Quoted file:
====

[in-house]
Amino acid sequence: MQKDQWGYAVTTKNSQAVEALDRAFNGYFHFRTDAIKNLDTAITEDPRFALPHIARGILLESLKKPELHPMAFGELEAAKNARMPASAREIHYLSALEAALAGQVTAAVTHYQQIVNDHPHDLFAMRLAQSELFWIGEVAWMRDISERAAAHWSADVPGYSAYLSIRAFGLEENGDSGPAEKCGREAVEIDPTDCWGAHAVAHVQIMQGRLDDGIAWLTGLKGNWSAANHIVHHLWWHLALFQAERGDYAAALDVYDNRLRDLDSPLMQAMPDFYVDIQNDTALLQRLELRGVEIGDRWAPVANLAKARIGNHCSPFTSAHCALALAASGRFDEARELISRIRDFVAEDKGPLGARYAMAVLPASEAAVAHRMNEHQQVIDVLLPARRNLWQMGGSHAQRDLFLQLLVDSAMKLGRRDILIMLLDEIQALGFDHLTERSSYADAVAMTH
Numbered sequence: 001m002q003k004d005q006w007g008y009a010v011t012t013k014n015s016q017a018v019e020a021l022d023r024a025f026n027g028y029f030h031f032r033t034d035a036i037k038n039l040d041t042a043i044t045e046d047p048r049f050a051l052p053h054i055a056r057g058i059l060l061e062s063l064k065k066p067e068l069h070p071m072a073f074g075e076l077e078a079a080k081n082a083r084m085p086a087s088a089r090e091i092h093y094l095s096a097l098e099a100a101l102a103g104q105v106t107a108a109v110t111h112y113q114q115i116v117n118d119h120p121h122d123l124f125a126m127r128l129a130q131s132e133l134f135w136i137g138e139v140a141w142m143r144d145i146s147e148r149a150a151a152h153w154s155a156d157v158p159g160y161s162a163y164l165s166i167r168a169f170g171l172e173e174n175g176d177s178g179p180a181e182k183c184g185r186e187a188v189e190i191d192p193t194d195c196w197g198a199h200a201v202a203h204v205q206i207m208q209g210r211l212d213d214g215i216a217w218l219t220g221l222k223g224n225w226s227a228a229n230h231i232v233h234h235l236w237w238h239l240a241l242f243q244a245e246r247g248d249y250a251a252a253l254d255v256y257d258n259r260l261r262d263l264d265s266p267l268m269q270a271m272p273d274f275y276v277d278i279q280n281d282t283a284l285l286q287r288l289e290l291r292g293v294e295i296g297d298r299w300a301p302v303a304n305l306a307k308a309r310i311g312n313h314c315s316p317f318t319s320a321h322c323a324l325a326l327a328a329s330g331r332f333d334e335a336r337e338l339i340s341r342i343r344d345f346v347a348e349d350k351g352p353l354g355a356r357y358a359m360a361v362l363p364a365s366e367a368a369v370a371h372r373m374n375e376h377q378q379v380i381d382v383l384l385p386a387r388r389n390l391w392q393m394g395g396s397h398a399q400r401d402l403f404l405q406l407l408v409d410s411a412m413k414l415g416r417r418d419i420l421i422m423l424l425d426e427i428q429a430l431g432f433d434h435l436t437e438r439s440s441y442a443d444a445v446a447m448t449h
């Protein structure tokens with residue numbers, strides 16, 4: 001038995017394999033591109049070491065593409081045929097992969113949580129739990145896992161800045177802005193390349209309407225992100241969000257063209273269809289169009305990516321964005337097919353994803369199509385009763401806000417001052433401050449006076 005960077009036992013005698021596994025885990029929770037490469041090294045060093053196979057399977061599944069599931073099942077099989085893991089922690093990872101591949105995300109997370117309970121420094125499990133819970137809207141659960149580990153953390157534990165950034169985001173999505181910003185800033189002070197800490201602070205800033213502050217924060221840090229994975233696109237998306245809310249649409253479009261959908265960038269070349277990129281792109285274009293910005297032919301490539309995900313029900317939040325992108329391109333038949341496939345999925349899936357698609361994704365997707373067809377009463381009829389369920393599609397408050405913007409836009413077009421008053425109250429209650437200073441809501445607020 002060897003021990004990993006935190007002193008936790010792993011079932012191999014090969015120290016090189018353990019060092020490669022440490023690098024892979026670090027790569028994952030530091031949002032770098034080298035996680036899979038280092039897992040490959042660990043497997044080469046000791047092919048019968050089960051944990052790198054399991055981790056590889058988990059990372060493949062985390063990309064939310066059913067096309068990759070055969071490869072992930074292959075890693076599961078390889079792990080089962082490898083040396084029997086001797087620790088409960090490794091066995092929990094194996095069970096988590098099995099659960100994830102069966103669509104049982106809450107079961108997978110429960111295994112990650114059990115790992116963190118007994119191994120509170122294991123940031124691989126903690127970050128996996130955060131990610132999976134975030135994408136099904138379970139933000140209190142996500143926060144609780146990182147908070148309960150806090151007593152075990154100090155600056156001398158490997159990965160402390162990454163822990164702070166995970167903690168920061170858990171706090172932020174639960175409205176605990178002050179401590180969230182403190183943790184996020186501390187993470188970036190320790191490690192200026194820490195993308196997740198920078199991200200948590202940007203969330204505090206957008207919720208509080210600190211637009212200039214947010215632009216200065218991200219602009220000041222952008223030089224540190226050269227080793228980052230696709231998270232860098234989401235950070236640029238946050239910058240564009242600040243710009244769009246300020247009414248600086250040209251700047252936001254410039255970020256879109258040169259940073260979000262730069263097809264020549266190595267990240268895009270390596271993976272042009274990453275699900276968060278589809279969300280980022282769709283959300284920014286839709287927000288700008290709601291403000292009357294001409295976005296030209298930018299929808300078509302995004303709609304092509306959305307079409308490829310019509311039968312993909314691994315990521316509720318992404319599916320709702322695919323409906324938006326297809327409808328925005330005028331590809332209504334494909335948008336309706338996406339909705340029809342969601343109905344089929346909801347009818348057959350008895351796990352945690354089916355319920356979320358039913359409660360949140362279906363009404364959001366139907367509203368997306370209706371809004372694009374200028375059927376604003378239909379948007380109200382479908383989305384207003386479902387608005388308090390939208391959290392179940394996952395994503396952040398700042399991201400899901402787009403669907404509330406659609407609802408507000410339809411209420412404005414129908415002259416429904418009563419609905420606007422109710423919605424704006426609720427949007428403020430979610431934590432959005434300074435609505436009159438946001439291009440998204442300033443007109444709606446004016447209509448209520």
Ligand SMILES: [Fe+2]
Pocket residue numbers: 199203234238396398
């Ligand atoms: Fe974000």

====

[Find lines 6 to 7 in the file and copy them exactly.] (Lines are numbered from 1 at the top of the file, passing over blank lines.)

Pocket residue numbers: 199203234238396398
């Ligand atoms: Fe974000």